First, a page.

RICHARD WALKER / RWALKER@STARBULLETIN.COM
Anyone on Omni Flight 108 who might have information on the sugar glider, shown above, is urged to call inspectors at the Hawaii Department of Agriculture at 832-0566. Information provided can be kept confidential at the caller's request.
Smuggling evidence found on airplane with marsupial
SOMEONE apparently was attempting to smuggle a small marsupial on a flight from Las Vegas to Honolulu, because a crew found a pouch and animal food in the trash, according to a state official.
On Monday the ground crew of Omni Flight 108 found a package of animal food with its label partially torn off and a small leopard-print pouch that might have been used to carry the sugar glider, said Janelle Saneishi, spokeswoman for the state Department of Agriculture. Both items were found in the trash bin in one of the aircraft's lavatories.
The 10-inch sugar glider, Petaurus breviceps, was captured that day by passenger Ron Takakawa while he watched the movie "The Longest Yard" next to his sleeping wife, Keun Yi.
A man seated on the other side of Keun Yi saw something move and was startled, waking her, Saneishi said. The sugar glider jumped on Keun Yi's knees before jumping to Takakawa's knees.
Saneishi said Takakawa cupped it in his hands and handed it to a flight attendant, who placed it in a box.
The sugar glider is being kept at the Plant Quarantine Branch until arrangements can be made to have it transported out of the state. Sugar gliders are prohibited in Hawaii. The package of animal food and pouch were turned over to agriculture inspectors.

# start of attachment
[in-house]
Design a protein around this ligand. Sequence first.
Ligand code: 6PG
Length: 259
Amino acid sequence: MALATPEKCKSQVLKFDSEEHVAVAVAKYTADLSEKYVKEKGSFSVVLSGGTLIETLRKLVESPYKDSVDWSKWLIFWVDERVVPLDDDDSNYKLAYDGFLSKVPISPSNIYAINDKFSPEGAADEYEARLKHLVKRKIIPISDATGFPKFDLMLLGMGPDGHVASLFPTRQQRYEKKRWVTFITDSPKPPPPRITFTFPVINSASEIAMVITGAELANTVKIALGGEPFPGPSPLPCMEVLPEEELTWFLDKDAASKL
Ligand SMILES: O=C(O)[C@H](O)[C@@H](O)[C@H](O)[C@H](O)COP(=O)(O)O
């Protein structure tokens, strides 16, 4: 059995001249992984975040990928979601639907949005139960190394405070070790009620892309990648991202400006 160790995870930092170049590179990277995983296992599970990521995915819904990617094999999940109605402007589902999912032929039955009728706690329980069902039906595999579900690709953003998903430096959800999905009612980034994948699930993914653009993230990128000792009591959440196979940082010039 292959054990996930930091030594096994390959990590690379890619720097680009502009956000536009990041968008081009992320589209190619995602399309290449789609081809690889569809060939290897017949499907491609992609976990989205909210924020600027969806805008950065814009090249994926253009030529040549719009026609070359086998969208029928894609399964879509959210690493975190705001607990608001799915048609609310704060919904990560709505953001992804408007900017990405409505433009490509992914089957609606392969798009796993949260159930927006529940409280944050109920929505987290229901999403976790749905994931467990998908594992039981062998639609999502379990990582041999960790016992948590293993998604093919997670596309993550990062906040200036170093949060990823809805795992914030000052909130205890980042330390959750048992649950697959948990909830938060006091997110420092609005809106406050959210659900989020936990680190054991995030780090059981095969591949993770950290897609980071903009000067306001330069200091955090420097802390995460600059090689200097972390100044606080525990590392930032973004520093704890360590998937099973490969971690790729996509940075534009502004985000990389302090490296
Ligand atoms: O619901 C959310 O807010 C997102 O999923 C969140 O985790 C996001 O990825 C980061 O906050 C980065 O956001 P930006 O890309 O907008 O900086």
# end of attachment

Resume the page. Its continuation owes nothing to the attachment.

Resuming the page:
"Many animals are illegal in Hawaii because they have the potential to cause harm to agriculture and the environment, and may pose health risks to animals and humans," said Sandra Lee Kunimoto, chairwoman of the Board of Agriculture.
"As this latest incident demonstrates, exotic animals have a knack at escaping from captivity, and the worst-case scenario would be for these types of animals to become established and/or spread diseases," Kunimoto said yesterday in a news release.
According to the Department of Agriculture, sugar gliders are omnivores that feed on insects, nectar and the sap of eucalyptus and acacia trees, which include native koa. Though the animals might appear harmless, sugar gliders can damage trees by stripping off the bark to encourage sap production. If they were to become established in the isles, the marsupials would compete with other native species for insects, state agriculture officials said.
Native to Australia, Tasmania and New Guinea, sugar gliders are kept as pets on the mainland.
Un-inspected mammals can carry parasites and other diseases that are not in Hawaii, such as rabies and Lyme disease.
Possessing illegal animals carries a maximum fine of $200,000 and maximum sentence of three years in jail. People with illegal animals are encouraged to turn them in under the department's Amnesty Program, which offers immunity from prosecution.